Said power distribution system could be "on" only a short distance in front of and behind the train if integrated with CBTC. Since the individual coils transmitting power would be tuned for only a tiny range of frequencies to match receiving on the train, the "radiation" concern becomes moot. Otherwise, the line-up of coils transmitting would be off when no trains are present but turn on/off based on CBTC-supplied train location data. In a sense, a "moving block" but in terms of power transmission and not signal data. Could work. Like I said, Qualcomm is already working on a version of this for roads, Bombardier has the super basic principles for their Primove technology, and MIT is researching the crap out of wireless power transmission (including the resonant frequency stuff). Reason I bring up this decade-away-at-least stuff is because if we're talking changing power delivery for the subway, this technology would be better as it could actually fit in the tunnels and get rid of a live third rail.

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Said power distribution system could be "on" only a short distance in front of and behind the train if integrated with CBTC. Since the individual coils transmitting power would be tuned for only a tiny range of frequencies to match receiving on the train, the "radiation" concern becomes moot. Otherwise, the line-up of coils transmitting would be off when no trains are present but turn on/off based on CBTC-supplied train location data. In a sense, a "moving block" but in terms of power transmission and not signal data. Could work. Like I said, Qualcomm is already working on a version of this for roads, Bombardier has the super basic principles for their Primove technology, and MIT is researching the crap out of wireless power transmission (including the resonant frequency stuff). Reason I bring up this decade-away-at-least stuff is because if we're talking changing power delivery for the subway, this technology would be better as it could actually fit in the tunnels and get rid of a live third rail.

 

Theoretically then, if you're integrating the power distribution with the signaling system, wouldn't it be easier to segmentize the third rail far more than it currently is, and only turn it on when there's a train in the block?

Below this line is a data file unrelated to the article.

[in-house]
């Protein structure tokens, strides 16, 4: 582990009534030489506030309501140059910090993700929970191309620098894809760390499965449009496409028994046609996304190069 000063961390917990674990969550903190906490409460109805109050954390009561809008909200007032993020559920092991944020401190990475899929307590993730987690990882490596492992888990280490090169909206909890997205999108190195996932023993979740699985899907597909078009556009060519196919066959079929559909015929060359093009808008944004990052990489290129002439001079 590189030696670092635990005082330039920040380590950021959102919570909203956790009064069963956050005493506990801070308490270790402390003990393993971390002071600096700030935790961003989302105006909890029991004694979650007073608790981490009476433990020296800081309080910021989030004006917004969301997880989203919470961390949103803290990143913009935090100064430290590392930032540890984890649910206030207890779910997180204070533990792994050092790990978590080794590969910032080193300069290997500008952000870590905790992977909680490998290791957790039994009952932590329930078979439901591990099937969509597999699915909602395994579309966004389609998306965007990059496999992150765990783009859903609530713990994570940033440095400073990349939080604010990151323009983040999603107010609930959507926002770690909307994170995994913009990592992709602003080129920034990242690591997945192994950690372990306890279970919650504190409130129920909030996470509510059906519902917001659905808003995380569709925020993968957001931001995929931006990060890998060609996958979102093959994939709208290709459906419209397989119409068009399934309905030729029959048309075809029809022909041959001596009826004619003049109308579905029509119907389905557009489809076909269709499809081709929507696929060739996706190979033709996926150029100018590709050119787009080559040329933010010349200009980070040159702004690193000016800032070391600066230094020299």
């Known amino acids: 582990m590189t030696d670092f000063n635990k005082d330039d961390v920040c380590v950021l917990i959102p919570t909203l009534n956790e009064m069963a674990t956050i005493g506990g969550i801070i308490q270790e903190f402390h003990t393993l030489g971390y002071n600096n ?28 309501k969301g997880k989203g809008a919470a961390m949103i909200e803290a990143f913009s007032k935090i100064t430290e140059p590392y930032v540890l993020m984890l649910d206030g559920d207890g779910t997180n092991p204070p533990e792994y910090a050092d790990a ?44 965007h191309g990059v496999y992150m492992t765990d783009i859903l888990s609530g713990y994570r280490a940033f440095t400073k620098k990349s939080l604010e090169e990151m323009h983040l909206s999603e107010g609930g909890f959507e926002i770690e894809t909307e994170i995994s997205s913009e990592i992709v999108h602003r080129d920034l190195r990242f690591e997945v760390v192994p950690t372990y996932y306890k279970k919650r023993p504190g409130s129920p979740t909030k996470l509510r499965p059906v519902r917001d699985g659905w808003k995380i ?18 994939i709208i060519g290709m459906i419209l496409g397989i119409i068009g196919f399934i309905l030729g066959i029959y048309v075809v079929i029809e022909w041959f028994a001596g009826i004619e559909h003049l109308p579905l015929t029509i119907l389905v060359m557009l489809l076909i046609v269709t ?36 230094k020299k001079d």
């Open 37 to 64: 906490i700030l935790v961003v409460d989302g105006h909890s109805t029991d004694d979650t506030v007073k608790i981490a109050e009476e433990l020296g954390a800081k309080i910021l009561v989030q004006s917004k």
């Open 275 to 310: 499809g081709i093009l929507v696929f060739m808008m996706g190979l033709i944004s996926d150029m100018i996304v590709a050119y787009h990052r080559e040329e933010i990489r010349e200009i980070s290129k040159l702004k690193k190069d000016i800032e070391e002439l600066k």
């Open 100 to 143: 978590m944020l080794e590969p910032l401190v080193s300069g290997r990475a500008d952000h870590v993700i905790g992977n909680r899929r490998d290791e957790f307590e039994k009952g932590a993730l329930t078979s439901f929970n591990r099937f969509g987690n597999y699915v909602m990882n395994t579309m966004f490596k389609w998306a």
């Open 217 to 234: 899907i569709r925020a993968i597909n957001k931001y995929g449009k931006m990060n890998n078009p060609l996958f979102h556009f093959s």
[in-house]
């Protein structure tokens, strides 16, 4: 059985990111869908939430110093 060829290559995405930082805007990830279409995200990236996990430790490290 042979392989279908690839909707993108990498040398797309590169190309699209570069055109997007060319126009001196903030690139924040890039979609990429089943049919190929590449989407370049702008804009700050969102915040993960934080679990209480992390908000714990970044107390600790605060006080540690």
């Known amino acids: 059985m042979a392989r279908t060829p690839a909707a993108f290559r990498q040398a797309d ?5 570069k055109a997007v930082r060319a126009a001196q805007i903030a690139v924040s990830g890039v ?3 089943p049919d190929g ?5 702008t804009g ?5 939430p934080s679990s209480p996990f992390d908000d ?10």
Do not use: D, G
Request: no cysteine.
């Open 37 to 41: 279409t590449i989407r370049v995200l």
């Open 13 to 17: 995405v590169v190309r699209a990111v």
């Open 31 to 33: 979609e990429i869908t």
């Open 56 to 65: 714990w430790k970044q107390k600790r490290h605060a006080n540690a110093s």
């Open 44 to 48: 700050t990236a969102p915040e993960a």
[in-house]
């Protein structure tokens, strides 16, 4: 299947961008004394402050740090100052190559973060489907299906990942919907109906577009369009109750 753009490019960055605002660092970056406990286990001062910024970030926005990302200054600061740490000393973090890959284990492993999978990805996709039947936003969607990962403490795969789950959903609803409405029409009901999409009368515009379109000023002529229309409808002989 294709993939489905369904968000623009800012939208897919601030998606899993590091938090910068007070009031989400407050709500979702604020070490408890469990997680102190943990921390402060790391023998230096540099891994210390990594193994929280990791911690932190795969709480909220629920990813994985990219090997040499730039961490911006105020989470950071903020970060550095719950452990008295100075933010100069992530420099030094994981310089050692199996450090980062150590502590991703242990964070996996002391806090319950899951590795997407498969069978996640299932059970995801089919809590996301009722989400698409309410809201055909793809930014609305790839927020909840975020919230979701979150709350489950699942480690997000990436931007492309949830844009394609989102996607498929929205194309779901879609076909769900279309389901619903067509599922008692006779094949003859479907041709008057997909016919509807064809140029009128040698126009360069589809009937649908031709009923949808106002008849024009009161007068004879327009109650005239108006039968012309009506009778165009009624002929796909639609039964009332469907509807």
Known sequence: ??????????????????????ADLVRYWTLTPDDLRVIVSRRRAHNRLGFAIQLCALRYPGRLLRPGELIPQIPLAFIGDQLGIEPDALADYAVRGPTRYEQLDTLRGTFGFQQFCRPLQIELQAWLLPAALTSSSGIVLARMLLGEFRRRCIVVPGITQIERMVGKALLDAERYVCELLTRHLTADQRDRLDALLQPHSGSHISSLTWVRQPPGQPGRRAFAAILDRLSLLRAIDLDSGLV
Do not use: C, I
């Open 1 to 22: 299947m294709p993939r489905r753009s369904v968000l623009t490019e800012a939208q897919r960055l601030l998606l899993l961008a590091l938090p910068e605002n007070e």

I don't mean to constantly oppose your point - I think wireless power transmission is fascinating and valuable, and apparently Bombardier Primove is already transmitting power wirelessly by inductive coupling at the 200kW level, which is much higher than I thought possible.

 

All I'm saying is that inductive power distribution makes sense for the markets that Bombardier is targeting: Buses, Streetcars, and Electric Vehicles. These are running at grade, and on streets, where live electrics would pose large dangers. Down in the tunnels, the tracks are grade separated - nobody should be near that third rail anyway. So what problem are we solving by replacing a functional power distribution system with something new? As I said I don't think a large number of people have been injured by the third rail - but if it's a priority to make it safer, you might borrow an idea from the inductive principle and only energize the third rail where needed after segmentizing it further than it is now. Hell, make it under-running while you're at it. 

 

(although I don't know how you're going to do that without shutting down the entire system for a few years)

 

I will concede that yes, at least the inductive system could fit in the tunnels, so it's a better idea than catenary - but I still maintain we're trying to solve a problem that doesn't really exist. Primove might be an interesting candidate for SBS though...

 

OH, also, have you looked between the subway tracks lately? Lets talk about water intrusion... That's not a place I'd install sensitive electronics if I could avoid it.